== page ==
Father’s Day becomes a special day in the study of relationships, the greatest element of success in our lifetimes.
There are so many ways for us to say “Thanks, Dad” to our fathers. There are three that should be universal: Thanks for material provision, faithful instruction and Godly example. These three have always stood the test of time for generations.
In the area of material supply, we can learn a powerful lesson from 1 Timothy 5:8 — if a father doesn’t provide basic needs for his family, “that he has denied the faith of Christ and should be considered to be worse than an unbeliever.” We try to think of people we might know who do not provide for their own and probably draw a blank. Well, that’s a wonderful thought, but in the real world this aspect exists, and we need to reach out.
In the area of faithful instruction, we can learn from Ephesians 6:4:“that we shouldn’t put our kids down, but teach them and instruct them personally about Jesus Christ.” This isn’t an easy one, guys.
I remember being “instructed” by my dad many times. Even though the Scriptures tell us to “bring our children up with loving discipline,” I was instructed from a less-than-loving perspective, depending on the issue. We all might remember it wasn’t uncommon to hear things like, “Because I said so,” “I don’t care what the other guys are doing,” or “Pay attention or else!” To top that off, many dads, including mine, had a hair-trigger temper and weren’t used to speaking more than once on any given topic. I learned quickly when he gave an instruction — especially in a raised voice — to make sure my selective hearing was on maximum. He didn’t have a belt, but I had watch out for nearby hard objects.
Was that system perfect? Of course not. We compare the way we were raised with parents today, realize where the mistakes were and encourage others to make corrections based upon our experiences — hopefully by what the Scriptures tell us. We can learn as young dads and seasoned granddads by what we see just about any day. How many times have we been to a kid’s sporting event and observed some parents yelling from the stands, expressing displeasure with the performance or giving instructions? How many impressionable boys and girls are scolded after the game because a dad thinks he knows better, only cares about the win or, worse yet, tries to relive a memory or correct a missed success through their kids at the expense of his child’s feelings? A good father is a character-building coach. A positive character lesson will be remembered long after the score is forgotten. Faithful instruction in God’s way is paramount to being a successful dad.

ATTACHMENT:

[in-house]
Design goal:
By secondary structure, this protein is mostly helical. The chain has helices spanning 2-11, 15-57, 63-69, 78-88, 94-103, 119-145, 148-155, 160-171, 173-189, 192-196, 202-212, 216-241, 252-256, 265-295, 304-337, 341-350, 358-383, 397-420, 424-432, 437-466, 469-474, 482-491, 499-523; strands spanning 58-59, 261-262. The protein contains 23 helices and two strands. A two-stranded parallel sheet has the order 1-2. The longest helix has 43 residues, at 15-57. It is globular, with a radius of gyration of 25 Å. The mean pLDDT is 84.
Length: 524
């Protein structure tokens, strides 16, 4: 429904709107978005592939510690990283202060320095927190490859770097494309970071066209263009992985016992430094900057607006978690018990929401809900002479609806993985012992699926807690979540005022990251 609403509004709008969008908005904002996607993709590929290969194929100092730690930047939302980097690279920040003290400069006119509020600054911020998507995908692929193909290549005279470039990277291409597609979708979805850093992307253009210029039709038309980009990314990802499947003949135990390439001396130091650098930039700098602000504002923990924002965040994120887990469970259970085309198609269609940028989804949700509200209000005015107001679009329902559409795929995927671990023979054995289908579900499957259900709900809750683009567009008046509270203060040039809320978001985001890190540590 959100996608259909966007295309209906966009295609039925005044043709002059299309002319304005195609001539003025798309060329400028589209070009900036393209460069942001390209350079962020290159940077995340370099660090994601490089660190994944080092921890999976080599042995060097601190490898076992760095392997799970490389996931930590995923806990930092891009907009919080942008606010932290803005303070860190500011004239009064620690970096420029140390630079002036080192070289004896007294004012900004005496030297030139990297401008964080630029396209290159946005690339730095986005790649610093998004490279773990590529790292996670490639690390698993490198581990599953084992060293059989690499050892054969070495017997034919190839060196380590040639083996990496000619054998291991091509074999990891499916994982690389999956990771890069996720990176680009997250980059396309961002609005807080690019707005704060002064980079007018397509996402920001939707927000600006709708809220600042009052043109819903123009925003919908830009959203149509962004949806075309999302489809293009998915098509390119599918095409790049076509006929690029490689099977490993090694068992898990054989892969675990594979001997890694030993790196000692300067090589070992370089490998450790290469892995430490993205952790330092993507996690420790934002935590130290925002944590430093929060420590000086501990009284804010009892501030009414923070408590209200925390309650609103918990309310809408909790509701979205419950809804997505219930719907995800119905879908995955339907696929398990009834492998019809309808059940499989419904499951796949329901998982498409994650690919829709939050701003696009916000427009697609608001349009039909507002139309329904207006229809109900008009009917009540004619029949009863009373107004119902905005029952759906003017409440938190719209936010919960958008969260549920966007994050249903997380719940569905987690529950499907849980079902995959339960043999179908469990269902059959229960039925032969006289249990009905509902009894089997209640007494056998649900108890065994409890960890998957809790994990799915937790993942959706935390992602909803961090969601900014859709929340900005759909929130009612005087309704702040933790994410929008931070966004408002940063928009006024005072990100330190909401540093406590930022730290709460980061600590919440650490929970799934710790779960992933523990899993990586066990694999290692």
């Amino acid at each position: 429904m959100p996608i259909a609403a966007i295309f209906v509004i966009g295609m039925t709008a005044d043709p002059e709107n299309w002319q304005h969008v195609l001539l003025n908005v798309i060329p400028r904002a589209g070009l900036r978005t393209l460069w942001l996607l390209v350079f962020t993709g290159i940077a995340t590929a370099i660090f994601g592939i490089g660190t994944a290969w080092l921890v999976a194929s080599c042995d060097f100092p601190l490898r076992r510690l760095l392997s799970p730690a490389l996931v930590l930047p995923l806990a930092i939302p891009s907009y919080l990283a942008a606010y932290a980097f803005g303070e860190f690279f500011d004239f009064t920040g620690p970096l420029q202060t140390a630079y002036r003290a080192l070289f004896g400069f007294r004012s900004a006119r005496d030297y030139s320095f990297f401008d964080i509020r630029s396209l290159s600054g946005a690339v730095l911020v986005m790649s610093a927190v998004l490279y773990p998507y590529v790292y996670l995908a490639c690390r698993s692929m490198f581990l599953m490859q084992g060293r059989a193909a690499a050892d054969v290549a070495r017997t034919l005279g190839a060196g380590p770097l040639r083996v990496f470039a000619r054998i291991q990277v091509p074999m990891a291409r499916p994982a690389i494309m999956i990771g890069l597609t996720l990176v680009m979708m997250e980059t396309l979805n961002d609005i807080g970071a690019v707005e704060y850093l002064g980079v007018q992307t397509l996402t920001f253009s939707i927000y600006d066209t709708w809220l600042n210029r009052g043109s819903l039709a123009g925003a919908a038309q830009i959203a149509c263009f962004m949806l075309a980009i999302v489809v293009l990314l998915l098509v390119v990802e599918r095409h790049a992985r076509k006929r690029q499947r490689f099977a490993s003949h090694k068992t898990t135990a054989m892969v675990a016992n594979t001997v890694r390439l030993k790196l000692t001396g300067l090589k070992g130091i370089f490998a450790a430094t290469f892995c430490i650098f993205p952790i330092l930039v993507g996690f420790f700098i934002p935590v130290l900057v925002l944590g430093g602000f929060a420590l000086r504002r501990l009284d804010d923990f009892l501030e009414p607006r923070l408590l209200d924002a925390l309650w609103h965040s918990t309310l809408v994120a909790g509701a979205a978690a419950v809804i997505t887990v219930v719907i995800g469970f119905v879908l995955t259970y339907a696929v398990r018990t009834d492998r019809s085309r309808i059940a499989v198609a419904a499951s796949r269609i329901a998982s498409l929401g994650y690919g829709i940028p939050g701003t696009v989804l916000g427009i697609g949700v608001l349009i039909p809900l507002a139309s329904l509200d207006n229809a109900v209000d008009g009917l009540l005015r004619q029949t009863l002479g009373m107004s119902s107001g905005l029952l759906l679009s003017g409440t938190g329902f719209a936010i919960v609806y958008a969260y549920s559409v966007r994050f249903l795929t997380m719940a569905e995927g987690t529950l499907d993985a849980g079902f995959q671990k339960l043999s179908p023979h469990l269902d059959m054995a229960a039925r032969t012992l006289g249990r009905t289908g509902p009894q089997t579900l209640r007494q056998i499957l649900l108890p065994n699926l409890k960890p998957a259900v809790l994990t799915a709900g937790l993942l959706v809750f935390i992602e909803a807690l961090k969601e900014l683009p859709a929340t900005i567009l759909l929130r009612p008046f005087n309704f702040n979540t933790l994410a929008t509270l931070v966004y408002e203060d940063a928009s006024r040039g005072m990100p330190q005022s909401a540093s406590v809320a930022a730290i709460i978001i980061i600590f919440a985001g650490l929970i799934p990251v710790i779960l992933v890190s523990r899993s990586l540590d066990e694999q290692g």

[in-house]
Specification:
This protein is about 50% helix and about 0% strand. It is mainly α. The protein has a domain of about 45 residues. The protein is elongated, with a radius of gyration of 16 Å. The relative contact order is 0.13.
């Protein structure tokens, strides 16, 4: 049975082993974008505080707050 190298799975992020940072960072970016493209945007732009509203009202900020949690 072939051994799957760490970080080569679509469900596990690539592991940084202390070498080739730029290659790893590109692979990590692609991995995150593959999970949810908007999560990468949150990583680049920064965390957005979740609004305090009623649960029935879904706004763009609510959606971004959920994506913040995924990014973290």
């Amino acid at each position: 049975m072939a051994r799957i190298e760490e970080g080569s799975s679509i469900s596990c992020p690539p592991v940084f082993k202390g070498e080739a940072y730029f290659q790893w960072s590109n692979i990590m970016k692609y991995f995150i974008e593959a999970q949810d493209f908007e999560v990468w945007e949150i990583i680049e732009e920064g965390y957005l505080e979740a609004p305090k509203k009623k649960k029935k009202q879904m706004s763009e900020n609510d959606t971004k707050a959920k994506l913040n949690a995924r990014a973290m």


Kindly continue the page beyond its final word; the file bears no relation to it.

As a successful, respected dad, you’ll always be in the spotlight. Don’t take a chance on looking back with guilt and sadness later in life by saying, “I took my kids to school but not to church. I put them in Little League but not Sunday school. I taught them how to fish, but not how to become fishers of men. I gave them the keys to the car but not to the kingdom of God.”
Dads also must lead by Godly example. In 1 Corinthians 11:1, Paul said “to follow the example of Christ in our lives.” On the other hand, let’s not be too hard on ourselves. Paul wasn’t perfect, and neither are we. There are many things we have done we don’t want our kids doing or don’t meet Scripture standards. But remember: We all have also done some good and Godly things that we hope our kids will model after. Among the most important of these are loving others and demonstrating positive works in service to them. When our faith is grounded in Jesus Christ, we have the best opportunity to raise our kids and grandkids by making our lives positive places for great relationships with them.
The Stephen Ministry considers good relationships grounded in faith to be the keys to success for all of us, especially our kids. If you have concerns about your path with your children, whether young or old, call 320-7840 for an appointment with a professional, caring, faith-based minister who will listen, work and walk with you through troubled times to positive results in a gender-sensitive environment with confidentiality.
We wish every dad a wonderful Father’s Day filled with celebration, reunion, reconciliation and wonderful memories with your families.
Scherer is a crisis intervention minister and the leader of the local Stephen Ministry.